Election 2014 kicks off

By Vicki Hyatt | Feb 10, 2014
Sherri Rogers files for her current position of Register of Deeds

At noon Monday, the Haywood County Board of Elections office was filled with candidates — and their supporters — as they signed the paperwork to run for public office.

On hand for the first day of filing at noon Monday were incumbent County Commissioner Michael Sorrells, Register of Deeds Sherri Rogers, Clerk of Court June Ray and Sheriff Greg Christopher, who will be running for sheriff following his appointment to the office early last year.

Christopher supporters — the Committee to Elect the Sheriff — joined him at the election office.

In a prepared statement, Christopher said he has worked hard over the past 11 months to instill a new level of professionalism, work closely with other law enforcement agencies and partner with school officials to increase school security.

In less than a year, the number of sheriff’s office drug arrests increased 34 percent, with meth seizures increasing by 101 percent and opium-based drugs seizures increasing by 99 percent.

The sheriff’s office dispatch was consolidated with the county’s emergency operations center, which has allowed fire districts to save thousands of dollars for homeowners because fire districts have better state ratings.

Additionally the sheriff’s office has expanded the jail ministry and work with nonprofit organizations in the county, as well as beginning a new program to reach out to industry.

“As we continue to move forward, the people of Haywood County can expect to see more professionalism, integrity and loyalty to and for them than they ever have,” Christopher said.

Commissioner race

Democratic incumbent Michael Sorrells is seeding a second four-year term on the county governing board.

The Tuscola graduate operates Sorressl Store in Jonathan Creek and referenced his broad range of public service in the county ranging from being an elected school board member to representing the county on the tourism development authority board, the social services board and the economic development commission.

He referenced county debt renegotiation that saves the county about $57,000 annually, increased support for the schools and community college while keeping the tax rate low and increased private-public partnerships as accomplishments during his tenure as a commissioner.

“If I am re-elected, I will continue to be diligent in the monitoring of tax rates, ensuring fiscal responsibility and championing streamlined government,” he said.

Incumbent Democrat commissioners Bill Upton and Kirk Kirkpatrick also filed for re-election.

Upton worked as a school administrator in the county between 1971 and 2005, as was Superintendent of Haywood County Schools for eight years before he retired. He was first elected as commissioner in 2006.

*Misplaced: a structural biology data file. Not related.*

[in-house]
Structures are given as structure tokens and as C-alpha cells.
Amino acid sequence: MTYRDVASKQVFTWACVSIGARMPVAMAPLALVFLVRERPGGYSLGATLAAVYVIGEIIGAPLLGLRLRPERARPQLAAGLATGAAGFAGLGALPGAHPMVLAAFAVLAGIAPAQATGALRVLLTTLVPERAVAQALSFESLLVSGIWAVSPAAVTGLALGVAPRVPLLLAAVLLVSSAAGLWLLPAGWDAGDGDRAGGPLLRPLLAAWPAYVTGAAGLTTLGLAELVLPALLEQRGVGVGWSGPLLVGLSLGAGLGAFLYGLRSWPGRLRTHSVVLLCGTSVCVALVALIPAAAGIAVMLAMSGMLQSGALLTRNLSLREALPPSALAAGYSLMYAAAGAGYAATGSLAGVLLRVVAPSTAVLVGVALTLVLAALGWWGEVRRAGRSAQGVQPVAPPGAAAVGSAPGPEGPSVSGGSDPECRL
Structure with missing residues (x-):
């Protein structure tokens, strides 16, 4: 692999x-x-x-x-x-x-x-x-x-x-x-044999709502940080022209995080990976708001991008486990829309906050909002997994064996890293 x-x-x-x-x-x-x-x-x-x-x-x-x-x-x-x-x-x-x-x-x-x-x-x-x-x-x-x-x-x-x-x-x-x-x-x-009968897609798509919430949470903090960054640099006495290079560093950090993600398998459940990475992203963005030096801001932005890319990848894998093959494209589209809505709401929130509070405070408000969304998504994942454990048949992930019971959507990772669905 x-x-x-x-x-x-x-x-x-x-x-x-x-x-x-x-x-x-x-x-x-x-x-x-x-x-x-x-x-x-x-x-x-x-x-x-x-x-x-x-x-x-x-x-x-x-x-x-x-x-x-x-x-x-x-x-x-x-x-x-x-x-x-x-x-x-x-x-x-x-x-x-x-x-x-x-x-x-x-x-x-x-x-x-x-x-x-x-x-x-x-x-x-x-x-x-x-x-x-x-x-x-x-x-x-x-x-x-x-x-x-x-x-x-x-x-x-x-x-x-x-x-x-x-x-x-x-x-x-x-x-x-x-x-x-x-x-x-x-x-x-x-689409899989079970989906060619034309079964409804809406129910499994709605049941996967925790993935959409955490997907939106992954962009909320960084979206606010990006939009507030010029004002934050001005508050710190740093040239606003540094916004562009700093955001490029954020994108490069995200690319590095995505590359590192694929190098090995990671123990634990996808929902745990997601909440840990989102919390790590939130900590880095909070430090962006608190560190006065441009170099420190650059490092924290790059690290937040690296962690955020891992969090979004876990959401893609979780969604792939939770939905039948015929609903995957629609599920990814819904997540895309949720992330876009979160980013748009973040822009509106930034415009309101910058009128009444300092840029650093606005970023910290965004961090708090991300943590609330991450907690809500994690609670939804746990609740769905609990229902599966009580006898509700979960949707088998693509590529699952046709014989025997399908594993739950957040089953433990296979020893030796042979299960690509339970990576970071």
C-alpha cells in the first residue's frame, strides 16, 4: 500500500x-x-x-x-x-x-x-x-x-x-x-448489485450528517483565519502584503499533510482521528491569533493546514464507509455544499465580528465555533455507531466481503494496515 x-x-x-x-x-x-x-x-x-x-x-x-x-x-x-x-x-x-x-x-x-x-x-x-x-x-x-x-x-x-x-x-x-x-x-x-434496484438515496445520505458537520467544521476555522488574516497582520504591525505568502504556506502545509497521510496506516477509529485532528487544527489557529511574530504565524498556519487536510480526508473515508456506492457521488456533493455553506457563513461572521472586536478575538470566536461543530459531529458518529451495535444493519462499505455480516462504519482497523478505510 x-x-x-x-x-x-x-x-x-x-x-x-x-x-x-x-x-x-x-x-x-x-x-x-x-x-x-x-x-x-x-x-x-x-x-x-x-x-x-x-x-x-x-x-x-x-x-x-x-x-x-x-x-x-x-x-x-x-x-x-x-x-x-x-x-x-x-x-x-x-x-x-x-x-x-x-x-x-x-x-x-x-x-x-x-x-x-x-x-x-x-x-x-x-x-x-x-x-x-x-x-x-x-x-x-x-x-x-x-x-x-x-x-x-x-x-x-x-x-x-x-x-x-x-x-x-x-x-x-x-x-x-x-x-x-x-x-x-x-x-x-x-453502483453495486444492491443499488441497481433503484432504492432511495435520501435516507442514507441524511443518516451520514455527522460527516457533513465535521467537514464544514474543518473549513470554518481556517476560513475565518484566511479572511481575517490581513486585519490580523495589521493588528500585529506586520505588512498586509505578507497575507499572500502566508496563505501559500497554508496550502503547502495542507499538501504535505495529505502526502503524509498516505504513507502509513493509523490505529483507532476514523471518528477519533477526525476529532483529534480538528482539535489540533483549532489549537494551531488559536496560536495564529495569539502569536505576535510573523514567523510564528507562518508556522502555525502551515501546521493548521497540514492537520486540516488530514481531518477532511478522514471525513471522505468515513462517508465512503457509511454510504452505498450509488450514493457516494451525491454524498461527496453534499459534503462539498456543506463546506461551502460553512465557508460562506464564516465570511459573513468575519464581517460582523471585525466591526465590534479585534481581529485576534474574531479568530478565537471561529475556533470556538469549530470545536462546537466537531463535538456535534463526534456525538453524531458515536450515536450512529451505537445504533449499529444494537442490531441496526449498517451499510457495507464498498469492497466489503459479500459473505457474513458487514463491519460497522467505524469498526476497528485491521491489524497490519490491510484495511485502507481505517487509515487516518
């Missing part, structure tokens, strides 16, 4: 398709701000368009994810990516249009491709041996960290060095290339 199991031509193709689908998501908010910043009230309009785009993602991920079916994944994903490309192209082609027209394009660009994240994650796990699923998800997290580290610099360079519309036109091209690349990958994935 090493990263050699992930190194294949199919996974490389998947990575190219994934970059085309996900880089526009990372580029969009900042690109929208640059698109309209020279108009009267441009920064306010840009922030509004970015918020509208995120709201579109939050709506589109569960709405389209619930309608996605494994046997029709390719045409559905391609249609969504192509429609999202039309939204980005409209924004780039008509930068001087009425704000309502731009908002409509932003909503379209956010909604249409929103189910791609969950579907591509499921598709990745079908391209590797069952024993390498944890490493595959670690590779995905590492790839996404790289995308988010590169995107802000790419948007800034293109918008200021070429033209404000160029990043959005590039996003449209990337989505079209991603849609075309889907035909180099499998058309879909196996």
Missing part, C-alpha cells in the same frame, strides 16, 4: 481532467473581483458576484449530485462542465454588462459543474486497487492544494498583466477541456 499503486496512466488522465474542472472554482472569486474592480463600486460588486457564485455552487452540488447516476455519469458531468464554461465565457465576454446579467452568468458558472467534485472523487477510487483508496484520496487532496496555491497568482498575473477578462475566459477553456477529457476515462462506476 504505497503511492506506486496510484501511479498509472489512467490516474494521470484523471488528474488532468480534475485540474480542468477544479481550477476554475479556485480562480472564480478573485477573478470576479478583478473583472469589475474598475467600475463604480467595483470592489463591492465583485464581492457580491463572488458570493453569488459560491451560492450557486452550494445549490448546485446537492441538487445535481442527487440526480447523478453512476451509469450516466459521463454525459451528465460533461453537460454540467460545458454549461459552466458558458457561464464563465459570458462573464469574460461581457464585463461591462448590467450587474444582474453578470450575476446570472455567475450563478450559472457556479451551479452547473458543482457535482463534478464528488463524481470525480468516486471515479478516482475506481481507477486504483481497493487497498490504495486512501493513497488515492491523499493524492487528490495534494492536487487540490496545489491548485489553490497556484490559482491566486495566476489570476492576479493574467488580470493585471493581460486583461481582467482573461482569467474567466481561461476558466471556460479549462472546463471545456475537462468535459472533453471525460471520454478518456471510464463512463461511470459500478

"If re-elected, I would work toward keeping education a top priority, building our local economy by providing job opportunities, keeping taxes as low as possible, providing services for our seniors and others in need and working toward a viable future for our hospital," he said.

Legislative seats

By Tuesday’s press deadline, others who paid a filing fee to officially seek election included H.D. 118 legislative candidate Rep. Michele Presnell, R-Burnsville, and Dean Hicks, a former Yancey County commissioner, retired teacher and coach, who filed for House District 118 as a Democrat. House District 118 includes precincts in Haywood, Madison and Yancey counties. Mike Clampitt, a Bryson City Republican, filed for the House District 119 post.

Presnell touted her record of lowering taxes, expanding employment, standing up for gun owners, requiring voter I.D. and regulatory reform as campaign promises kept.

"It has been my honor to serve District 118," she said. "I am proud to be able to say that I made promises during my 2012 campaign, and I kept those promises."

In a news release, Presnell listed her signature accomplishments as the passage of House Bill 628, which requires energy efficiency standards in state construction contracts to not exclude products grown and manufactured in North Carolina.

Prior to serving in the House of Representatives, Presnell served as a Yancey County commissioner.

Hicks, who is currently employed by Mt. Mitchell Golf Club, said what happened to public education and educators during the last legislative session prompted him to run for office.

He said children are the greatest asset to North Carolina’s future and need to be prepared for many challenges in a complex world.

“I truly do not believe they will get that with what is happening in Raleigh today,” he said in a news release. “If I can be a voice for them then I feel it is my obligation to be one of those voices.”

He pledged to work with anyone in Raleigh toward that end.

Courthouse jobs

Rogers referenced her 20 years experience in the Haywood County Register of Deeds office, including serving as a deputy and then assistant register of deeds. She was appointed appointed to the position in July 2009 and elected in 2010.

“I have an extensive knowledge of this office and am proud to serve the citizens of Haywood County in this capacity,” Rogers said. “I enjoy working with the public. I am able to help people during important events in their lives like the birth of a child, the death of a loved one, when they marry, or when they purchase their home. I take pride in serving as register of deeds and would not choose any other job.

Ray, who has worked in the Clerk of Court office since 1981 and served as the clerk since 2002. She is active in the clerk of courts association and a past board member for Folkmoot USA.

 

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